There’s a reason you don’t frequently see people riding zebras.
It can be done. But that doesn’t mean it is to-be-done.
In the late 19th century, we began an initiative to domesticate zebras. It all stemmed from operations in Africa where horses, due to climate and hostile insects, were failing to adapt.
One test zebra in the pilot program, named Dan, was hostile towards efforts to breed him with wild donkeys and horses. Dan wasn’t down with the swirl.
He, like most zebras, was immensely strong, disagreeable—and don’t even think about riding him(Source: How Dan the Zebra Stopped an Ill-Fated Government Breeding Program in Its Tracks. Smithsonian Magazine. Taylor, William)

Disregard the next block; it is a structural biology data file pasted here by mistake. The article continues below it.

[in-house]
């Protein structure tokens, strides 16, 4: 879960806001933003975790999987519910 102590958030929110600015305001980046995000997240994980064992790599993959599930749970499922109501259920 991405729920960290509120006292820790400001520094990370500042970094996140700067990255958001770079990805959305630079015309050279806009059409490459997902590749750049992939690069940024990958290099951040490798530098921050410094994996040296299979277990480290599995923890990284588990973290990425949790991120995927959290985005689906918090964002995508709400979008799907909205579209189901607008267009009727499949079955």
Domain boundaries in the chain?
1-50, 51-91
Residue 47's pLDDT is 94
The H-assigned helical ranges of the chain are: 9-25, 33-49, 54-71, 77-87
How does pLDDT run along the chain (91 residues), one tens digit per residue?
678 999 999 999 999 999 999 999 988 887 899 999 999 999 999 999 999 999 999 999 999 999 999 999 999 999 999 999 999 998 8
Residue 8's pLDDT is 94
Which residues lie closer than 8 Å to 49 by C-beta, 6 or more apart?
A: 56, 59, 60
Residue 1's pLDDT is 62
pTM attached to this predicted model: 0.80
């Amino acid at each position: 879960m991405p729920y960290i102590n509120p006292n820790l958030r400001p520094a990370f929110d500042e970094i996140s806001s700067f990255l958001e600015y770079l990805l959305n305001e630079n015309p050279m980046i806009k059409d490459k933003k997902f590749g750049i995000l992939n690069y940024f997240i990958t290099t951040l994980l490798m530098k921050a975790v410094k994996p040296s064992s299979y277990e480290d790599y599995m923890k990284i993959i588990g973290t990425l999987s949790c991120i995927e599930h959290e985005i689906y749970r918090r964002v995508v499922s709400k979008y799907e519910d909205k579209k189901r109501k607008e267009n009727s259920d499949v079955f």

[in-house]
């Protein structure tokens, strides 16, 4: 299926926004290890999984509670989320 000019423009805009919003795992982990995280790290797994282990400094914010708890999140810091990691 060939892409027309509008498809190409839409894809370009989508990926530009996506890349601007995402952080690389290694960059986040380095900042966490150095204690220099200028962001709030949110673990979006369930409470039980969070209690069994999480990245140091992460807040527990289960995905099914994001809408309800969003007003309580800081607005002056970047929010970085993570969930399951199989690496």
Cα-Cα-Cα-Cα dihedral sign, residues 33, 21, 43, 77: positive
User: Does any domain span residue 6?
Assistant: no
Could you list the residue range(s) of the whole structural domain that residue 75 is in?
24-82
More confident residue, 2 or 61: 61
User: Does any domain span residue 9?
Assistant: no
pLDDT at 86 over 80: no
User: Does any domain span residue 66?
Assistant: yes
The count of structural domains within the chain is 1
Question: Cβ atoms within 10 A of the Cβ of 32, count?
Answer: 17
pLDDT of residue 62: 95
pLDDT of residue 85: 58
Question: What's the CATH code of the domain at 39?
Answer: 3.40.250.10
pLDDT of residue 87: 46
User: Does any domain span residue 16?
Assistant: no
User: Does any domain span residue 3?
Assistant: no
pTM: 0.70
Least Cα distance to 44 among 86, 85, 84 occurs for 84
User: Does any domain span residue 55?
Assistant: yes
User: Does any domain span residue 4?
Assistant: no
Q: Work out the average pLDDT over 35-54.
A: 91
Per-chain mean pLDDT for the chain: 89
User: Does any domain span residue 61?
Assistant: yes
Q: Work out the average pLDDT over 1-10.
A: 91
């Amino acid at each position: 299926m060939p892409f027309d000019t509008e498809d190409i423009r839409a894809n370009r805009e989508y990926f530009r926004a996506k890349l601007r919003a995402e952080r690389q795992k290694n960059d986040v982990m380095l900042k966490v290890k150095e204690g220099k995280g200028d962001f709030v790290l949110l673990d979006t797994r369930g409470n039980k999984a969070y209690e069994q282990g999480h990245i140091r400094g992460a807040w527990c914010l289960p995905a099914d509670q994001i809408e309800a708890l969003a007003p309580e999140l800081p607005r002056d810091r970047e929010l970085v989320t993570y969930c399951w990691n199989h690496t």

Dan wasn’t an exception to a rule.
Zebras can be sweet animals. Some of them can roam with horses and actively do.
Eventually, some zebras were able to be trained into pulling carts:
But the juice wasn’t worth the squeeze.
Zebras are born into some of the most hostile predatory terrains in the world. They evolved to shake large cats off themselves, not graze in meadows unchallenged.
Consequently, their breeding favors an irascible, defiant, violent nature. They are stronger than they look. And it gives them the edge they need to escape, and fight past endless hungry jaws.
Don’t try to ride a zebra.